The Painted Veil was adapted to film in 1934 with Greta Garbo, and Watts, pulling out the stops, is a worthy successor. Schreiber makes a superlative cad, but Norton, who seems to be attempting to channel Ralph Fiennes, is an odd casting choice: Words like "tah-mah-toe" tumble a bit clumsily from his mouth. Shot on location in the Chinese countryside, Stuart Dryburgh's beautiful cinematography helps compensate for the inexplicable deletion of far too much of Maugham's delicious, easily adapted dialogue — fine talk that's made him a favorite for movie material since the dawn of talkies. leave a comment --Ken Fox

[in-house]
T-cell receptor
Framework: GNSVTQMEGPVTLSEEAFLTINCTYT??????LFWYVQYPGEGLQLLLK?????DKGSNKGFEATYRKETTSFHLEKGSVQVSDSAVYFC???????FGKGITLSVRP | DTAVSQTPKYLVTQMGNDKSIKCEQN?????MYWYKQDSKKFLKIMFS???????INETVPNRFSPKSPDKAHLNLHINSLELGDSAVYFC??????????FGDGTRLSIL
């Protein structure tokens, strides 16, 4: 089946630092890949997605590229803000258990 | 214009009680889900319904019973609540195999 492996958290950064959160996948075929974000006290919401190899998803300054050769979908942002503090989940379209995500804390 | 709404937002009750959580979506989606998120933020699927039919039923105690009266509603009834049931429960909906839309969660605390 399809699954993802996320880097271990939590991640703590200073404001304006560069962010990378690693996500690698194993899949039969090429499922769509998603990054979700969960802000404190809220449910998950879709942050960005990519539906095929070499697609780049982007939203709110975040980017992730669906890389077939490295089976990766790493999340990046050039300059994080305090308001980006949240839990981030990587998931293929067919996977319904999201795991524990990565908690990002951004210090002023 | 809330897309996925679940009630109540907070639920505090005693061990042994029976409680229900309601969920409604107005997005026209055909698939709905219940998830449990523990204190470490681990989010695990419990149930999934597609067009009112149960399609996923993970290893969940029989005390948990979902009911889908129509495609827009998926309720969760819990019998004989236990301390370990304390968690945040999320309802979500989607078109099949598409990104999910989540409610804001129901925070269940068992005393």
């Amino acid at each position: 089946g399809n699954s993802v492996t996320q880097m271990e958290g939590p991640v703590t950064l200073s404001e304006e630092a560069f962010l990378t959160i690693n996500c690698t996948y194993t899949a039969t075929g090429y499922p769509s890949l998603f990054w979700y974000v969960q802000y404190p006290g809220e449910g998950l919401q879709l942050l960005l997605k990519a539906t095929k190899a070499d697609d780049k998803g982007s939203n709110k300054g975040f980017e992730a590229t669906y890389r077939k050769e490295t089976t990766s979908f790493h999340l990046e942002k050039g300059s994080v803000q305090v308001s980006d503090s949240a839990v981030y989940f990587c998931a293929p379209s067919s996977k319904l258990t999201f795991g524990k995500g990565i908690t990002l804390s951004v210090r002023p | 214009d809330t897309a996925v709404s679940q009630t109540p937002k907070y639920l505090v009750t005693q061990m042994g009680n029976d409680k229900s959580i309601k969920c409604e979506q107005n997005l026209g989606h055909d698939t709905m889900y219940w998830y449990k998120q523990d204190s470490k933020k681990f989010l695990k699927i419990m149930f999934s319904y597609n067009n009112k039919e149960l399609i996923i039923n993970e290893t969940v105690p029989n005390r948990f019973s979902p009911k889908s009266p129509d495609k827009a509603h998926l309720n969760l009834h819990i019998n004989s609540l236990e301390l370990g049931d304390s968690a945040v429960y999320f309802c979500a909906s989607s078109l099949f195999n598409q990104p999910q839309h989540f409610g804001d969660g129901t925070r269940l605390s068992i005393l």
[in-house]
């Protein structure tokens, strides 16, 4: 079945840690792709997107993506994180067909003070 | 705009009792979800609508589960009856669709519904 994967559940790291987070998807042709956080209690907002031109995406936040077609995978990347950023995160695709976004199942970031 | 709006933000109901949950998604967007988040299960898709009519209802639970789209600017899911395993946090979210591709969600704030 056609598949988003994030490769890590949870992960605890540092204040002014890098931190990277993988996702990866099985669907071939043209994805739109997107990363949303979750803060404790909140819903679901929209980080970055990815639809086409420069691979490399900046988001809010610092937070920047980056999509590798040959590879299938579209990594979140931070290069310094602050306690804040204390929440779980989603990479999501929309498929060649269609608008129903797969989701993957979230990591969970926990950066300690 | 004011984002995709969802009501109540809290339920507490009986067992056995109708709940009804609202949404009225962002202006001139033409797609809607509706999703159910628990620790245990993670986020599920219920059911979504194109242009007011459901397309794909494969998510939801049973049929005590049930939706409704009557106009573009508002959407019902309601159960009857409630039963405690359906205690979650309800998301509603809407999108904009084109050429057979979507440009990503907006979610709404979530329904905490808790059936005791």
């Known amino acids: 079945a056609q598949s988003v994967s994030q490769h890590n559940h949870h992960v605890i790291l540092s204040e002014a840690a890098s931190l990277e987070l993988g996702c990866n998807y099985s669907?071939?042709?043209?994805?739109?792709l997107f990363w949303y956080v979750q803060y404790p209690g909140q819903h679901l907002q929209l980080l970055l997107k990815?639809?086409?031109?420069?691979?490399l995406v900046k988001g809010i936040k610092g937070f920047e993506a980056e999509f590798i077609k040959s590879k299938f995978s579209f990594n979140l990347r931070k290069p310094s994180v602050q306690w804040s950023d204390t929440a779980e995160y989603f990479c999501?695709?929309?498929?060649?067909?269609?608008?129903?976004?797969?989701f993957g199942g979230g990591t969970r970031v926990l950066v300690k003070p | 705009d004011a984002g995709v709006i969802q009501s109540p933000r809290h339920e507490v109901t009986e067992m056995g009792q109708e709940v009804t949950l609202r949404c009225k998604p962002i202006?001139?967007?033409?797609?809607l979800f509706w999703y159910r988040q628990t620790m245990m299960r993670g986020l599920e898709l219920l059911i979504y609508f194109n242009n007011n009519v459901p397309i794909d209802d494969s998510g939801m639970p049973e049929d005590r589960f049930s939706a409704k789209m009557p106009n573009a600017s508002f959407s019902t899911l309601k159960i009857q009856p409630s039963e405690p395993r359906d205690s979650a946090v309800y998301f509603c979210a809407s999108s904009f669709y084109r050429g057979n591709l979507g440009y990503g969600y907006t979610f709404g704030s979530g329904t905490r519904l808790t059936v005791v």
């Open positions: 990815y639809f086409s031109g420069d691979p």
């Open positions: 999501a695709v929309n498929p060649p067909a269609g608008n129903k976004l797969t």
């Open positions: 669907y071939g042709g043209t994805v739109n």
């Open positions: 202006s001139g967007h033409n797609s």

John Curran's pretty melodrama rubs off a few of the barbed edges from W. Somerset Maugham's 1925 novel about love and infidelity in a time of cholera, but no matter: the centerpiece is Naomi Watts' outstanding portrayal of an adulteress redeemed. The Chinese interior, 1925: British bacteriologist Dr. Walter Fane (Edward Norton) and his attractive wife, Kitty (Watts), arrive in Mei-tan-fu, a small, underdeveloped town decimated by a still-rampant outbreak of cholera. Walter hopes to help control the disease, but flashbacks reveal that Kitty's arrival owes nothing to humanitarian impulses. A frivolous, somewhat shallow society girl, Kitty never made the brilliant match her social-climbing mother (Maggie Steed) counted on. With her sell-by date fast approaching, Kitty agreed to wed the besotted Walter in a moment of panic. That Walter lived and worked in Shanghai, far from her loathsome family, seemed a bonus; but no sooner had Kitty settled into the bustling Chinese city than she realized she'd swapped one prison for another. Trapped in a marriage to a dullard she knew she'd never grow to love, Kitty embarked on a torrid affair with dashing — and very married — British Vice Consul Charles Townsend (Liev Schreiber). When Walter discovers his wife's infidelity, he offers her a cruel bargain: He'll agree to a divorce if Charles will leave his upper-crust wife (Juliet Howland) and marry Kitty. If Charles refuses, Kitty must accompany Walter to disease-ridden Mei-tan-fu on an expedition that could easily result in her death. Knowing Townsend's reputation as a faithless womanizer, Walter starts packing her bags before the heartbroken Kitty returns with Charles' predictable answer. Now installed in a humble hillside cabin, Kitty is desperately unhappy, and with only a dissolute fellow Brit (Toby Jones) for company (her disgusted husband will barely condescend to look at her), Kitty even tempts fate by eating raw salads that she knows may very well carry cholera. As Walter bravely battles the disease amid deepening anti-foreign sentiment fomented by Chinese nationalists, Kitty volunteers her time at the local Catholic orphanage run by the imperious Mother Superior (Diana Rigg). Soon, in this small, blighted Chinese town, Kitty discovers the truth of her husband's character and the world outside her own self-centered orbit. Kitty's spiritual journey is shorter than that of Maugham's original heroine, who counted insufferable snobbishness and a nasty racist streak among her shortcomings, but it's still a journey any actress would kill to make.